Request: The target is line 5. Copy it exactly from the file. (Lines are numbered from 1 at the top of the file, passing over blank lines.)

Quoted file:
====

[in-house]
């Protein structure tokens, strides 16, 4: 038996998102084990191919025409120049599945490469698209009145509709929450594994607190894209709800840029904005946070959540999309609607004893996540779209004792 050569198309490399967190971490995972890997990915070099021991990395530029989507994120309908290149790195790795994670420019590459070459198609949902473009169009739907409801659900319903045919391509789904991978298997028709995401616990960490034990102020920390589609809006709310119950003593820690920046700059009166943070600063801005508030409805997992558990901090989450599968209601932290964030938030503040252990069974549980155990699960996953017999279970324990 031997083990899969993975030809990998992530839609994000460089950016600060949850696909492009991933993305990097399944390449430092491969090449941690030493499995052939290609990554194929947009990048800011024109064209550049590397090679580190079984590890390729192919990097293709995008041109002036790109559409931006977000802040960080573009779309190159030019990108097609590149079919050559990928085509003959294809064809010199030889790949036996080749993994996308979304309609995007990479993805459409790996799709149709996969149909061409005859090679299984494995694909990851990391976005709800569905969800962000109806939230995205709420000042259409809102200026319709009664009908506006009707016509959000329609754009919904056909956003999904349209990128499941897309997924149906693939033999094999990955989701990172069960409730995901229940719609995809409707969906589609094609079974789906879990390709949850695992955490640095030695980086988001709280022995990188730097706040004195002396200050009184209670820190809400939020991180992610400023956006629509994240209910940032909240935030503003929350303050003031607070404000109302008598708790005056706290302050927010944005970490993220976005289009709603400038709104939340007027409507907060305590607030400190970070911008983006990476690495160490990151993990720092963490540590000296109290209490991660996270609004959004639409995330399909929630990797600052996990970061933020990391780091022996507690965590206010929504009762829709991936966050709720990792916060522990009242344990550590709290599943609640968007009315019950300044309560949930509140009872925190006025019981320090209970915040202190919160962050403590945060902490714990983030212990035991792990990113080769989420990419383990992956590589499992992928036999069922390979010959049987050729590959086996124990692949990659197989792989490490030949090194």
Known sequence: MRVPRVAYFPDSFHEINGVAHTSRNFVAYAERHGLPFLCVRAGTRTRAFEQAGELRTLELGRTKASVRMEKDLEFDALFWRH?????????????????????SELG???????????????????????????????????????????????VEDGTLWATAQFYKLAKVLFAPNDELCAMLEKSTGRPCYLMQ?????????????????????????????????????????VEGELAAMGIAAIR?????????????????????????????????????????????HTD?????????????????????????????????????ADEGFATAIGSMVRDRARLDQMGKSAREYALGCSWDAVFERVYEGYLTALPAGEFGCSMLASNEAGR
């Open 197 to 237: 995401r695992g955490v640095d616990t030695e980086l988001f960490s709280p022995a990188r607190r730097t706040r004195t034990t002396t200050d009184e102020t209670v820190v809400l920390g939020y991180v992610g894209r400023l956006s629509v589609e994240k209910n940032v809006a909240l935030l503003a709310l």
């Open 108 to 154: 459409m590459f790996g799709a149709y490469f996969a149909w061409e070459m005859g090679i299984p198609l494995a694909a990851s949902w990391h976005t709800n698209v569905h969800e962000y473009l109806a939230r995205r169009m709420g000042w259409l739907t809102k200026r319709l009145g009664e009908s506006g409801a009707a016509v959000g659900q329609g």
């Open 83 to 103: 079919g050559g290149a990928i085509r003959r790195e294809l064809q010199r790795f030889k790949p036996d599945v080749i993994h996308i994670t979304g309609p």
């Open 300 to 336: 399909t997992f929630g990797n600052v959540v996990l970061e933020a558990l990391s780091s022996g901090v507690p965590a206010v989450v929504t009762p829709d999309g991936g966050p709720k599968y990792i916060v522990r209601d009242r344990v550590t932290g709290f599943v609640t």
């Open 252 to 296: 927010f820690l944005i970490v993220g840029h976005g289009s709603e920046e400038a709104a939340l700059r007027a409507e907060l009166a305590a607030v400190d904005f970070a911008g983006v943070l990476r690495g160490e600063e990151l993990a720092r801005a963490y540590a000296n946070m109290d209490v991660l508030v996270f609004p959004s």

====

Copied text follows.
């Open 108 to 154: 459409m590459f790996g799709a149709y490469f996969a149909w061409e070459m005859g090679i299984p198609l494995a694909a990851s949902w990391h976005t709800n698209v569905h969800e962000y473009l109806a939230r995205r169009m709420g000042w259409l739907t809102k200026r319709l009145g009664e009908s506006g409801a009707a016509v959000g659900q329609g």